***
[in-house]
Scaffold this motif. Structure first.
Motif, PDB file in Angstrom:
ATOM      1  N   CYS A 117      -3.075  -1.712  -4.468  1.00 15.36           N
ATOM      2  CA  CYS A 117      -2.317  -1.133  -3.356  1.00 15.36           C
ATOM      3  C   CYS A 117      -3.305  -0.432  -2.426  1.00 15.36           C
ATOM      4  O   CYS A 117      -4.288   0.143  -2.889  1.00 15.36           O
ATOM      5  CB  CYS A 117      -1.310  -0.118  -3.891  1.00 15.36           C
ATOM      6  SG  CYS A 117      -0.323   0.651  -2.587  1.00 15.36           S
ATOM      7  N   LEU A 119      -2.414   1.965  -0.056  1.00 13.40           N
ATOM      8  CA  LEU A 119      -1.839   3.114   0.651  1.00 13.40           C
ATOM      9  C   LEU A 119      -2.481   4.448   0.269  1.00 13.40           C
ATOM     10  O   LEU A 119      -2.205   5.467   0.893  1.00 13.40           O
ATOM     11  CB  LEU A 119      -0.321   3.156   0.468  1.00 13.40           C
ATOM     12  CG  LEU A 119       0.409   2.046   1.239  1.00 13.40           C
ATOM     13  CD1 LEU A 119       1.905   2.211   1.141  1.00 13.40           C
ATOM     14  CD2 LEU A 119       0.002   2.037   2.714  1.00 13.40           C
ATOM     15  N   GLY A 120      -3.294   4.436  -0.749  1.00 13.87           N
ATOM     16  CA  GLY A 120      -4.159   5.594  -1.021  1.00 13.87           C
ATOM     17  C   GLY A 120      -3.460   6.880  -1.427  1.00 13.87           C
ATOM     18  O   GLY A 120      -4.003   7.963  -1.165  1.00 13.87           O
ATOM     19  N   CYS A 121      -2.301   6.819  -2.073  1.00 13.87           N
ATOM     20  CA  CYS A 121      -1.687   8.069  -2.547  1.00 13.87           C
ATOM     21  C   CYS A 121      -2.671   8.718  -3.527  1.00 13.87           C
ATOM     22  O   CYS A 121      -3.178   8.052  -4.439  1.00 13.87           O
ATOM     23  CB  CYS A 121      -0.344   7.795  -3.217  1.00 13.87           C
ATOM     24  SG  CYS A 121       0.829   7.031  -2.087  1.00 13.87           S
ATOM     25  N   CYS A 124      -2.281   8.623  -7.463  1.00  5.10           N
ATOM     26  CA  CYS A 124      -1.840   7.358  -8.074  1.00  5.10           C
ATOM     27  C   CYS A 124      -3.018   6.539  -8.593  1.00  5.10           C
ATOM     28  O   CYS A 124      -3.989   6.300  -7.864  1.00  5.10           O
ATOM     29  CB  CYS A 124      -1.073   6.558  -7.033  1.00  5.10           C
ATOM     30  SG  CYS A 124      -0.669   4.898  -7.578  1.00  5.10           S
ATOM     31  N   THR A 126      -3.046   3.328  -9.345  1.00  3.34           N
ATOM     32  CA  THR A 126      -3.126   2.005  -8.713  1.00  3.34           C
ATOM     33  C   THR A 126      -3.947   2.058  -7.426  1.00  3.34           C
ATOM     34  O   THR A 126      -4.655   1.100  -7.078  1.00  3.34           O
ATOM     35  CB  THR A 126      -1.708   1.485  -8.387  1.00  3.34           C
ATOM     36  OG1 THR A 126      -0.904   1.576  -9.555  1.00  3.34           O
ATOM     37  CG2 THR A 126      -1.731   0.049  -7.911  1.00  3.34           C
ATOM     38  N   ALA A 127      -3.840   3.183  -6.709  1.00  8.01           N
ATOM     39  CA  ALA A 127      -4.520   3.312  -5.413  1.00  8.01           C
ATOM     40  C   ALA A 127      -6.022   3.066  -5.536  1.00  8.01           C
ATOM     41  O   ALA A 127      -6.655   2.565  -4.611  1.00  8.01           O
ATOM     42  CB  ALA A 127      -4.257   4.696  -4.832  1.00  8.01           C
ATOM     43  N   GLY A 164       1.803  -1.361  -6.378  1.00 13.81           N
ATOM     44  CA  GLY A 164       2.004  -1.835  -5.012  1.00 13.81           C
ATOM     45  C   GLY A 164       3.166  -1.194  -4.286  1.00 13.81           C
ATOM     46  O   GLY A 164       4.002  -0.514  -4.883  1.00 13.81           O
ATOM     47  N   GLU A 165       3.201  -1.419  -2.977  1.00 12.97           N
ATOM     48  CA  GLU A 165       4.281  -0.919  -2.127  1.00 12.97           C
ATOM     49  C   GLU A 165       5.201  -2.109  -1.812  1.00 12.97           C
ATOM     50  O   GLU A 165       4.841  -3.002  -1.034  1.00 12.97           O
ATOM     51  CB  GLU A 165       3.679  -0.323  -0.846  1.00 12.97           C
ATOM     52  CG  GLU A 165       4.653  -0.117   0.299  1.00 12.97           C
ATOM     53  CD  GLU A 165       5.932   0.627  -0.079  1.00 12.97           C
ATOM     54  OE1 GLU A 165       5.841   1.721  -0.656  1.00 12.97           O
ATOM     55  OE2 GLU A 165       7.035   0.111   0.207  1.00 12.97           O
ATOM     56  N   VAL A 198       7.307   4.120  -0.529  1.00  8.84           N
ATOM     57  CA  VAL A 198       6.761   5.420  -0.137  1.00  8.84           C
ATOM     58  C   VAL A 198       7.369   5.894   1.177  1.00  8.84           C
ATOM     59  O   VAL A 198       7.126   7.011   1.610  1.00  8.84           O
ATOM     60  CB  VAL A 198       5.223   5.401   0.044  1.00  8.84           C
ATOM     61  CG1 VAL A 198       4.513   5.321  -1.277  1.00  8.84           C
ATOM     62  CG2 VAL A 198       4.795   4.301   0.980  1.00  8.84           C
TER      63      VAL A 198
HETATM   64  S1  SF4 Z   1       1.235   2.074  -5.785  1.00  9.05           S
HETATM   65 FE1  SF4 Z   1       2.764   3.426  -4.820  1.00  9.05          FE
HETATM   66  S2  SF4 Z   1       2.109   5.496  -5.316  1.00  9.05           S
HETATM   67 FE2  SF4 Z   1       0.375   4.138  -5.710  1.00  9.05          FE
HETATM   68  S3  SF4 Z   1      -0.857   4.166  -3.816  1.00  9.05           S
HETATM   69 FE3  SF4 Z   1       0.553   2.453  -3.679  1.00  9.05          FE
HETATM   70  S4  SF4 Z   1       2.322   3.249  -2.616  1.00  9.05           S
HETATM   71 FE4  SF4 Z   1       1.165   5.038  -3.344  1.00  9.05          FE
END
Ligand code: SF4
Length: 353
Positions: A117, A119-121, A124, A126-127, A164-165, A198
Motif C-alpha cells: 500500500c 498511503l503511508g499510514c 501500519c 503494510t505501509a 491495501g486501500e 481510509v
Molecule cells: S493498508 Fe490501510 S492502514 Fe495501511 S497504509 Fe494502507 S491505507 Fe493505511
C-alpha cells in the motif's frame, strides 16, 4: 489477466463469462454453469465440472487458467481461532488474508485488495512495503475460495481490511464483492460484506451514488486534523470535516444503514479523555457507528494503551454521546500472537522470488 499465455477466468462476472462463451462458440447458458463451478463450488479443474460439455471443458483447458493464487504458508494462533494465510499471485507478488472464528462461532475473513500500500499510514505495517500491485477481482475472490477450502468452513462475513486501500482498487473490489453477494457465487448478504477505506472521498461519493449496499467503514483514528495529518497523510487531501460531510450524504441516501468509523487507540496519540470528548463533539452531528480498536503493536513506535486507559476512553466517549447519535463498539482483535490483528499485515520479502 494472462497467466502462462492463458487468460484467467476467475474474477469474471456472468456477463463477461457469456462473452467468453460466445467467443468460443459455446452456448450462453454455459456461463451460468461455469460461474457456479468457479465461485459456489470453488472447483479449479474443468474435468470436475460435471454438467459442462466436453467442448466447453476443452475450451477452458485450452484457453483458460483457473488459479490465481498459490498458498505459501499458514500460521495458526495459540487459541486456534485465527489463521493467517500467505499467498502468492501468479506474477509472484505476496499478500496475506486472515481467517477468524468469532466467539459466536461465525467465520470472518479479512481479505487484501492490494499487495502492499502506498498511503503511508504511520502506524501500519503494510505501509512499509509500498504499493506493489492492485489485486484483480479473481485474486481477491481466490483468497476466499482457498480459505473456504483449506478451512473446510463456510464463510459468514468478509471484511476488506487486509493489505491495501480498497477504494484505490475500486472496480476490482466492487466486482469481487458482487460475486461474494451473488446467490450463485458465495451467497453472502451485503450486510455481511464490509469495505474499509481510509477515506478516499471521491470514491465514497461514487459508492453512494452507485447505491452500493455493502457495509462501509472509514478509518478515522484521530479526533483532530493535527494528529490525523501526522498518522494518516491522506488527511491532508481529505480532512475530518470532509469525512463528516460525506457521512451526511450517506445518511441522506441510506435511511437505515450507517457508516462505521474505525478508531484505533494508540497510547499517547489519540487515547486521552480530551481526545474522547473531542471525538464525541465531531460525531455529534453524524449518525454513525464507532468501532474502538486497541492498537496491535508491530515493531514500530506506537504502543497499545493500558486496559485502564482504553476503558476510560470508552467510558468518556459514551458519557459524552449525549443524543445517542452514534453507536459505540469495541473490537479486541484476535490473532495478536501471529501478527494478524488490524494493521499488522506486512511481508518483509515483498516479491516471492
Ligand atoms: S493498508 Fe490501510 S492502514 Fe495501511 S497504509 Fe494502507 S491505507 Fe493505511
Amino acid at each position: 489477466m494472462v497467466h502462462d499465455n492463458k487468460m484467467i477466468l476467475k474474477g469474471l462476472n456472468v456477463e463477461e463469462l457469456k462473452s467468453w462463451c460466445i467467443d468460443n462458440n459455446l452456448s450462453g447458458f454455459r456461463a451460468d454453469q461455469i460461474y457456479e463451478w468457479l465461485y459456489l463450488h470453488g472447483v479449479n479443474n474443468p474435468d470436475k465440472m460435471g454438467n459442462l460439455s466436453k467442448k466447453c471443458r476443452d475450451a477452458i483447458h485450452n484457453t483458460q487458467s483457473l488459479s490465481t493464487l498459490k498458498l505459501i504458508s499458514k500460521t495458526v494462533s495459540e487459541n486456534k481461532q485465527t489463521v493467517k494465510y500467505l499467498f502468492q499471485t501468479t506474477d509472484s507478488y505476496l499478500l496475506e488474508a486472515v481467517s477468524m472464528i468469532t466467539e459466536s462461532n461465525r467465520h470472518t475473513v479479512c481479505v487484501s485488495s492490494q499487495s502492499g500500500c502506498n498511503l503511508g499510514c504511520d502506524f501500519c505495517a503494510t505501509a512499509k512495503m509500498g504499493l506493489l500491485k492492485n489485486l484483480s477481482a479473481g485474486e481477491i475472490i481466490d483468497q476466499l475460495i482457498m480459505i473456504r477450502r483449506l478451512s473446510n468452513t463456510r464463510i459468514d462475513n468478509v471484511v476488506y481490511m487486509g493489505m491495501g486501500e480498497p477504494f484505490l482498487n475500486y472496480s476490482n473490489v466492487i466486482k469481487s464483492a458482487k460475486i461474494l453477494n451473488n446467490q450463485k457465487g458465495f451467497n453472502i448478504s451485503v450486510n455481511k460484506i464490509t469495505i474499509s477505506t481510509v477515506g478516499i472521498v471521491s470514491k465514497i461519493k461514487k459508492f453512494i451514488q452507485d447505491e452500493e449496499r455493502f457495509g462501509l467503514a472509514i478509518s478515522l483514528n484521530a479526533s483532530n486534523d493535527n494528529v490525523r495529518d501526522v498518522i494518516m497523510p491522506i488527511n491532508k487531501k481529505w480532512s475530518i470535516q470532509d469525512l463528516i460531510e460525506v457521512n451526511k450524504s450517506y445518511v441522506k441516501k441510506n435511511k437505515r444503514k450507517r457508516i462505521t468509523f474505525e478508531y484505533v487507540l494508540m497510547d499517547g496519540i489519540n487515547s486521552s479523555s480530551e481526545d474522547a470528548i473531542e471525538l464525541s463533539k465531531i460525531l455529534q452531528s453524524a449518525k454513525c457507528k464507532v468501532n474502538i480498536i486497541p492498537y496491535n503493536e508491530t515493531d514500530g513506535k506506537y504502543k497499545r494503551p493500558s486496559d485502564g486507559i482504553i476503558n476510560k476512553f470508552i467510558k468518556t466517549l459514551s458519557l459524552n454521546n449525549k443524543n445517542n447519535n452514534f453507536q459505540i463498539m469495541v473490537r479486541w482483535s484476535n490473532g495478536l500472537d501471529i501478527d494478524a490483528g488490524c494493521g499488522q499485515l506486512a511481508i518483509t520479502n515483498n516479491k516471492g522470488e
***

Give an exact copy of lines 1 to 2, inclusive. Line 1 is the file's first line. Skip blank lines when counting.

[in-house]
Scaffold this motif. Structure first.